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Shahab Ghorashi, James T. Enns, Vincent Di Lollo; Can endogenous spatial cues be processed during the attentional blink?. Journal of Vision 2009;9(8):151. doi: https://doi.org/10.1167/9.8.151.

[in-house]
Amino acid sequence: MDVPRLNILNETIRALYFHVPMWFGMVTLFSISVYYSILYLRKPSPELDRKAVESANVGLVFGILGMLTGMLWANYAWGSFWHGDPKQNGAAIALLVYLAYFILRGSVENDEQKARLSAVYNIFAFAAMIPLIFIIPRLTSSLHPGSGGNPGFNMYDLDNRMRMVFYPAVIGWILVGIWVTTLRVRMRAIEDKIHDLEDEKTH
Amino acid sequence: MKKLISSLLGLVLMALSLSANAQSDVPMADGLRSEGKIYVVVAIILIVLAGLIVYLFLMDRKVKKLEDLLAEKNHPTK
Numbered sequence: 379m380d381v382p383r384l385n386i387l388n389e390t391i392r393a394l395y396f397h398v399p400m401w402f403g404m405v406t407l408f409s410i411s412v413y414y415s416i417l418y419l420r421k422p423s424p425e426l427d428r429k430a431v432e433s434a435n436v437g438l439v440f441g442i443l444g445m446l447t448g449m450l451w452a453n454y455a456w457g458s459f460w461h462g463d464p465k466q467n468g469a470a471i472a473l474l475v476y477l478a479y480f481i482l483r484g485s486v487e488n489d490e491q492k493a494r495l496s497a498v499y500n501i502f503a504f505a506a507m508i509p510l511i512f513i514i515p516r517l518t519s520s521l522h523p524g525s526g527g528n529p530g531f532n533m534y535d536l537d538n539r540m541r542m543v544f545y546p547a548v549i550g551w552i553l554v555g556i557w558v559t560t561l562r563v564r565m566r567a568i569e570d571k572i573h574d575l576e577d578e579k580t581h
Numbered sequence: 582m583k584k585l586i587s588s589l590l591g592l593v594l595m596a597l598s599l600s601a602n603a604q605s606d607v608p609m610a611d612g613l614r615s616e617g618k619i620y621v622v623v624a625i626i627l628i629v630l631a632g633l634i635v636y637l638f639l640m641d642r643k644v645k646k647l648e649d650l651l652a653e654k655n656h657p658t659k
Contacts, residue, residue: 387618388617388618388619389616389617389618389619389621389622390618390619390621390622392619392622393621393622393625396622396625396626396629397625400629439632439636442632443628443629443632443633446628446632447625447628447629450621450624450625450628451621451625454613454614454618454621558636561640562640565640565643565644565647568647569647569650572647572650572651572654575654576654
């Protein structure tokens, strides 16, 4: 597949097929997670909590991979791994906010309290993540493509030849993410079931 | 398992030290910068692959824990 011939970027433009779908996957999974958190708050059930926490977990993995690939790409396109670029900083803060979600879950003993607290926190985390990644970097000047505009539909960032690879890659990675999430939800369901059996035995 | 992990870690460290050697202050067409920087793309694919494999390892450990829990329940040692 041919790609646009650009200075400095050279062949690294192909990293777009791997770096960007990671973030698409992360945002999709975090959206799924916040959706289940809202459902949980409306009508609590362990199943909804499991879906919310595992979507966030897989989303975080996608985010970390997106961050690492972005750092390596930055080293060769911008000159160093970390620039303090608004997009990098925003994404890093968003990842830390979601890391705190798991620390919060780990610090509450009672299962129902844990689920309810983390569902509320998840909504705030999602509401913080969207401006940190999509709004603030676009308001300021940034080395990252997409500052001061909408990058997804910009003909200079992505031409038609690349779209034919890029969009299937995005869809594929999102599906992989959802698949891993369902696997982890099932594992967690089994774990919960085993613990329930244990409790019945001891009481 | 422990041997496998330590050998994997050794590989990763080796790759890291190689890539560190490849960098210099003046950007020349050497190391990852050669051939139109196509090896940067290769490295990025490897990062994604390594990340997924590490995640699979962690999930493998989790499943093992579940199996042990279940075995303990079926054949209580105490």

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Identification of the second of two targets (T1, T2) is impaired when presented within about 500 ms of the first (attentional blink, AB). Ghorashi et al. (2007) found that temporally leading exogenous spatial cues presented at the T2 location facilitated T2 identification but did not reduce the AB magnitude. They reasoned that exogenous spatial cues are processed along the dorsal visual pathway whereas target identity is processed along the ventral pathway. Thus, cue and target were processed separately. It follows that, were the cue and T1 to be processed along the ventral pathway, cue-processing should suffer during the AB. To test this hypothesis, two types of spatial cues were used, both with an endogenous component but differing in dorsal- versus ventral-stream processing. In Experiment 1, T1 was a white letter in an RSVP stream of black letters. T2 was a tilted “T” among rotated “L”s, all positioned on an imaginary clock-face (2.5° radius), centered on fixation. Observers indicated whether the “T” was tilted left or right. On half the trials, a small dot (dorsal stream) was presented 100 ms before T2, at the clock-face location opposite T2. Participants were instructed to use the cue to find the “T” at the clock location opposite the cue. The results showed that this patial cue could be processed efficiently even during the AB. In Experiment 2, the cue was a red number between 1 and 12 (ventral stream) that indicated the location of T2 on the clock-face. The number appeared briefly just above fixation 100 ms before T2. Processing of this spatial cue was impaired during the AB. These results support the initial hypothesis that whether or not processing of a spatial cue is impaired during the AB depends on whether it is processed along the same (ventral) pathway as T1.
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